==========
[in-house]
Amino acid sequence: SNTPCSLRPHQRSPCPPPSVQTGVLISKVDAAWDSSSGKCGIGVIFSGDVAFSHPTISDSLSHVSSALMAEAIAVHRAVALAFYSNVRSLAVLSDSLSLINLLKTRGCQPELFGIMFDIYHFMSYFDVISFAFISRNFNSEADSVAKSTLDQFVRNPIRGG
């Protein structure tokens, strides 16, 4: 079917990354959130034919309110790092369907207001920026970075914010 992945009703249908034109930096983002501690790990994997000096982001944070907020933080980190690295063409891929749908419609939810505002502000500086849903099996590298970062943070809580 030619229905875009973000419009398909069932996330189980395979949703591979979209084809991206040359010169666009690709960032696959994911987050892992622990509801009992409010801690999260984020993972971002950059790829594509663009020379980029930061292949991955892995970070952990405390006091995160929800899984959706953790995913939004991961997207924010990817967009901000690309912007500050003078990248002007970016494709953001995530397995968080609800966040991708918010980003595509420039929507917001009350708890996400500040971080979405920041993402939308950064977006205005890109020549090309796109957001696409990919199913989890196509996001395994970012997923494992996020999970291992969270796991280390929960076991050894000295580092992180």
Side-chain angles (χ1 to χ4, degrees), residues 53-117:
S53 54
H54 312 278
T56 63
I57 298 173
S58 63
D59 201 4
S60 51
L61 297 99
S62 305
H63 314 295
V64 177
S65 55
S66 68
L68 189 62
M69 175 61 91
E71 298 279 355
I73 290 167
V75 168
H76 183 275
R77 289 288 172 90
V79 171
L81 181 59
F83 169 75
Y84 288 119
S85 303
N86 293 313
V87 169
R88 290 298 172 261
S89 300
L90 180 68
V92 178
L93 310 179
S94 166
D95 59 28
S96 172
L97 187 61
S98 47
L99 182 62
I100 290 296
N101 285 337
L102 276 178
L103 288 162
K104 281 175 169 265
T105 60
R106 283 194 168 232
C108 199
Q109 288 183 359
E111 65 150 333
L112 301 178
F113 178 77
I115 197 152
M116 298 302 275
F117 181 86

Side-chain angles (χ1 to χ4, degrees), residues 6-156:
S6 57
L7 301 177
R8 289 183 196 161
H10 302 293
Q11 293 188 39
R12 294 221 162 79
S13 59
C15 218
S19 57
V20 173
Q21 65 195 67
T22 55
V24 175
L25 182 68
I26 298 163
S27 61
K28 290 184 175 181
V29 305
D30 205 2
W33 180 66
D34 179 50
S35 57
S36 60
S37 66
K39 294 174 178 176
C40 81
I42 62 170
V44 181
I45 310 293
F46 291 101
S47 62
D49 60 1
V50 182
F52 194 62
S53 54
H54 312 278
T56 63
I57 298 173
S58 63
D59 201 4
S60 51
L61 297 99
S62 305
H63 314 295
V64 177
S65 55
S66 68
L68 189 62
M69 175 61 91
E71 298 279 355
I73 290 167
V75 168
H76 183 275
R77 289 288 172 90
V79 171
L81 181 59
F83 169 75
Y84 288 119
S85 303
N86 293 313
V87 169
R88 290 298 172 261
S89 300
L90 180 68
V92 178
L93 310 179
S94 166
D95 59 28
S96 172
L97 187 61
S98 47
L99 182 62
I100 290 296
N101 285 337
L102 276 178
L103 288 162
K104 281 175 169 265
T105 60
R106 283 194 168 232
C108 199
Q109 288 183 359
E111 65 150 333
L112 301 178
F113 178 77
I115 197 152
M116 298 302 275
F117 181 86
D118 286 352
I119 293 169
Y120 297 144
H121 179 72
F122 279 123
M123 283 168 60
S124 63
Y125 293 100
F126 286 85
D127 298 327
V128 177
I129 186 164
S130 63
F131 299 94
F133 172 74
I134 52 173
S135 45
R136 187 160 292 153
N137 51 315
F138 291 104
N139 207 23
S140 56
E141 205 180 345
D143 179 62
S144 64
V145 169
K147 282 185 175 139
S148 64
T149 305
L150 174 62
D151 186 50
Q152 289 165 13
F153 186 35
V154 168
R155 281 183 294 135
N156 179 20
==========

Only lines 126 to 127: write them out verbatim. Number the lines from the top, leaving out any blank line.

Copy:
D95 59 28
S96 172